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The 2023 round of Countryside Stewardship Facilitation Fund opens today

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View of hills in Wiltshire

We know that farmers across the country are having to make decisions on the future of their farms and businesses, with many factors and opportunities to consider in a challenging climate.

We also know a sense of community and shared goals is important in a thriving rural economy, so we’re pleased that a further round of the popular Countryside Stewardship Facilitation Fund has opened today for applications.

Working together with a facilitator, the fund helps groups of farmers and landowners in England to coordinate action, join agri-environment schemes and share knowledge, to achieve greater environmental benefits than they would working alone.

Building on the successes of previous years, this year’s round of the scheme includes support for environmental priorities such as:

  • Action to support priority species
  • Water Management
  • Improving air quality by reducing emissions of pollutants such as ammonia

How the fund works

Groups of farmers and landowners need to choose a facilitator, who will work with them for the duration of a 3 year agreement. Funding is available for facilitators who will organise activities and bring support, advice and training to the group. These activities help the group achieve their goals to improve their local environment.

Groups could look at things like restoring habitats for wildlife and improving biodiversity, creating woodland, improving air and water quality, or restoring historic environments. In previous rounds of the scheme we’ve seen groups running demonstration days in timber extraction, exploring measures to reduce flooding, learning about ground nesting birds and improving confidence in conservation farming, to name a few. The great thing about the fund is that projects will be tailored to the character of the local area so there is potential to make a real difference.

“The Countryside Stewardship Facilitation Fund has provided a great mechanism to share knowledge with groups of farmers in the region,” says Georgina Wallis, a Farm and Environment Consultant with CLM.

Georgina is Facilitator to the ‘1066 Farmers’ group based in the High Weald AONB – one of four groups in the South East of England that CLM staff facilitate, working with farmers and land managers and covering over 36,000 hectares of land.

The groups are located in nationally important areas where landscape-scale delivery is required. Members’ land is located in The South Downs National Park, High Weald AONB and across multiple SSSIs, Scheduled Monuments and Priority Habitats.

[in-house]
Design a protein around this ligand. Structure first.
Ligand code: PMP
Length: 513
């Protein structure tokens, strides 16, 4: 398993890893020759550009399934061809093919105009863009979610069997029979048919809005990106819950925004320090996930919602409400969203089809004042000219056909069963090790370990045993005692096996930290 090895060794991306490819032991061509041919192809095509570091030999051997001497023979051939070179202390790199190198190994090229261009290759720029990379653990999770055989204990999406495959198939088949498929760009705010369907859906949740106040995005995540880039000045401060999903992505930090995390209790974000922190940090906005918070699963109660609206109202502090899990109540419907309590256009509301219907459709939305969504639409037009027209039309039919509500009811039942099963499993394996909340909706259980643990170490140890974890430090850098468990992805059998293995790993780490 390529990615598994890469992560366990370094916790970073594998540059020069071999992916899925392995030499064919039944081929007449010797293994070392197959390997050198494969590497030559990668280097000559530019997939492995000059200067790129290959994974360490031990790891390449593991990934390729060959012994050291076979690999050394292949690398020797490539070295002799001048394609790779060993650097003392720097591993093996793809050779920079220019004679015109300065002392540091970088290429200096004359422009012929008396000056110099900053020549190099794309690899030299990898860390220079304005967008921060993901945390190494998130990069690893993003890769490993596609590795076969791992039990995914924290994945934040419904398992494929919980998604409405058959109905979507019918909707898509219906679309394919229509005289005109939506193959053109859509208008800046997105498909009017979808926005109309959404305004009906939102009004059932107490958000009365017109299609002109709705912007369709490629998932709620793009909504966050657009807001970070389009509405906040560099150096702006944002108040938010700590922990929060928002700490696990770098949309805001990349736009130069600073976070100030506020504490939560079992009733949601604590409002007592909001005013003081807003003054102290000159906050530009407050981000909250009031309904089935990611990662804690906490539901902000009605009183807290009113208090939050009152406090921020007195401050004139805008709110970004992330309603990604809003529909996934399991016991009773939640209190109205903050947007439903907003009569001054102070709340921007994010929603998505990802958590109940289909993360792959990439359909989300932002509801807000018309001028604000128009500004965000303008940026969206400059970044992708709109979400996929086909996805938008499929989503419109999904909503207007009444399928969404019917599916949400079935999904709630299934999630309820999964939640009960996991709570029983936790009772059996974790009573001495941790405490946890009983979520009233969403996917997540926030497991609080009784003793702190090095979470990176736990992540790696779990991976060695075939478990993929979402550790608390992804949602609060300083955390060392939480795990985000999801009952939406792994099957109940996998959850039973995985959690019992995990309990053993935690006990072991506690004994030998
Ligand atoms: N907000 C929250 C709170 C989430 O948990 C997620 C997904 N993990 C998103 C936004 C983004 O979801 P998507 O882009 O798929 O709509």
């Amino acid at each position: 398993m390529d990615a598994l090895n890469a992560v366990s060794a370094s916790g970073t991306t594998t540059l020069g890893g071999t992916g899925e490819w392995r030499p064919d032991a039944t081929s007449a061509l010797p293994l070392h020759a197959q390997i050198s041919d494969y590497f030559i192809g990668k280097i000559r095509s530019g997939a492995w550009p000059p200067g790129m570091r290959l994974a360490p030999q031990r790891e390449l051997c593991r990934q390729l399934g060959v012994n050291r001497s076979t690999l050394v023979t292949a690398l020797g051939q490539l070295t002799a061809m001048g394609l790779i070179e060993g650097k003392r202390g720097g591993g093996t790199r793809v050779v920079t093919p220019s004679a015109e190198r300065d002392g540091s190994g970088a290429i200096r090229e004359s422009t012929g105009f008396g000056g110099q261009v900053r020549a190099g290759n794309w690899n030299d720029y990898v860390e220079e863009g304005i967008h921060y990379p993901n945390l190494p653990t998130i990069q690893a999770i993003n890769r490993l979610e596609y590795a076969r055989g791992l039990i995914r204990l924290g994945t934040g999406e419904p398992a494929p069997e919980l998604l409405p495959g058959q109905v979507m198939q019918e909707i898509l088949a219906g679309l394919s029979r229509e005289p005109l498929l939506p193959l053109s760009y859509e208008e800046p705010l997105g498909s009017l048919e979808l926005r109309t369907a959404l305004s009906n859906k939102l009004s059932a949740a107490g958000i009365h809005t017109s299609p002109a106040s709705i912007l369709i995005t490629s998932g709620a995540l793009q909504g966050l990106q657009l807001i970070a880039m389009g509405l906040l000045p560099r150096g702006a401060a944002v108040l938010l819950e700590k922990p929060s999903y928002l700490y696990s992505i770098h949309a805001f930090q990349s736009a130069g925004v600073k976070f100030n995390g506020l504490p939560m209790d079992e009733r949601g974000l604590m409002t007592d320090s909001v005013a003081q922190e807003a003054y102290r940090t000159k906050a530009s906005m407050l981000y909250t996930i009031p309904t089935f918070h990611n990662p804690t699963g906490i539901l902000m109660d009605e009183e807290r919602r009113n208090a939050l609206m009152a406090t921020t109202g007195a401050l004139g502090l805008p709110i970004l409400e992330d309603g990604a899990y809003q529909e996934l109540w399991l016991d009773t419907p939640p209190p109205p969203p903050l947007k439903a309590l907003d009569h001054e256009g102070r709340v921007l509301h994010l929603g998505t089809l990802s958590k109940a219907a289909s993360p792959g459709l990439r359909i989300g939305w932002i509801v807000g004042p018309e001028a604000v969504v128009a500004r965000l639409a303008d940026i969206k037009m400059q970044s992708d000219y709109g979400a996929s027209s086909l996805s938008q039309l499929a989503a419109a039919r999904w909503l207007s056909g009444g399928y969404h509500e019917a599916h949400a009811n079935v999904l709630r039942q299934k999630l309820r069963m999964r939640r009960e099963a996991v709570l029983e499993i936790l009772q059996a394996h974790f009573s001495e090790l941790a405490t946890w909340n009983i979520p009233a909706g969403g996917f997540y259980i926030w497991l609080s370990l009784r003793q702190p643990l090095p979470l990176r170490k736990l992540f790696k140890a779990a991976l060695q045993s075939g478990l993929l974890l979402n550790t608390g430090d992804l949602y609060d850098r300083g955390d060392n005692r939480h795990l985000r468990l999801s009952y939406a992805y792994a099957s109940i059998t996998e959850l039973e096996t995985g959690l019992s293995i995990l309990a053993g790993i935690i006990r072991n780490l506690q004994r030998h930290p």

“The Countryside Stewardship Facilitation Fund fits with our ethos of helping land managers to protect and grow their income and assets, improve their quality of life and create sustainable legacies,” says Georgina.

“Each landscape has individual requirements, and the Facilitation Fund provides funding for us to deliver projects that are bespoke for each objective. Some of the projects delivered include wildflower and grassland enhancement, mob grazing and farmland management, farmland bird identification training, ‘meet the farmer’ public engagement videos, soil analysis and funding updates. All of this is communicated in regular newsletter updates to members.

“The groups are each led by a steering group who guide the project delivery, ensuring that topics are useful to those farming in the area.

“By working closely with members, we can deliver meaningful training events which are thought-provoking and create a real change in land management.

“Farming can be a lonely and, at times, thankless task and the group also offers an important social element, with farmers getting together monthly, giving them a chance to catch up on how things are going and talk to like-minded people. There have even been new grazing arrangements organised on the back of the group, which is great to see.”

Since the fund launched in 2015, 180 groups with over 4,000 members have taken up the opportunity to work together to foster a strong sense of community with members helping each other out, sharing information and knowledge such as good farming and environmental practices, and developing greater trust.

It matters to us that farmers who are passionate about making a difference have the support through our schemes but also from each other. We know that mental health in rural communities is a real concern and we’ve had feedback from farmers that being part of a facilitation groups helped them feel less isolated.

You can read more about the benefits of the scheme in this evaluation report published by Natural England, and for a closer view of what being part of a facilitation group can mean at a farm level, you can read about this farm visit to Challacombe Farm on Dartmoor.

How to apply

The facilitator for the group needs to coordinate the application on behalf of the group. All the information you need including the application form is on the Facilitation Fund page on GOV.UK.

To ensure we are supporting the best possible projects, all applications for the fund are competitive. This means all applications are scored, and the highest-scoring ones will be offered funding, with agreements starting on 1 June 2023 and running for 3 years.

To give you the best chance of a successful application, you should make sure that the goals stated in your application align with the Countryside Stewardship priorities for your local area.

The deadline to apply for this Facilitation Fund round is midnight on 25 January 2023.

The Facilitation Fund is a valuable part of the Countryside Stewardship offer and we’re proud to be involved in making this available for even more farmers to benefit.

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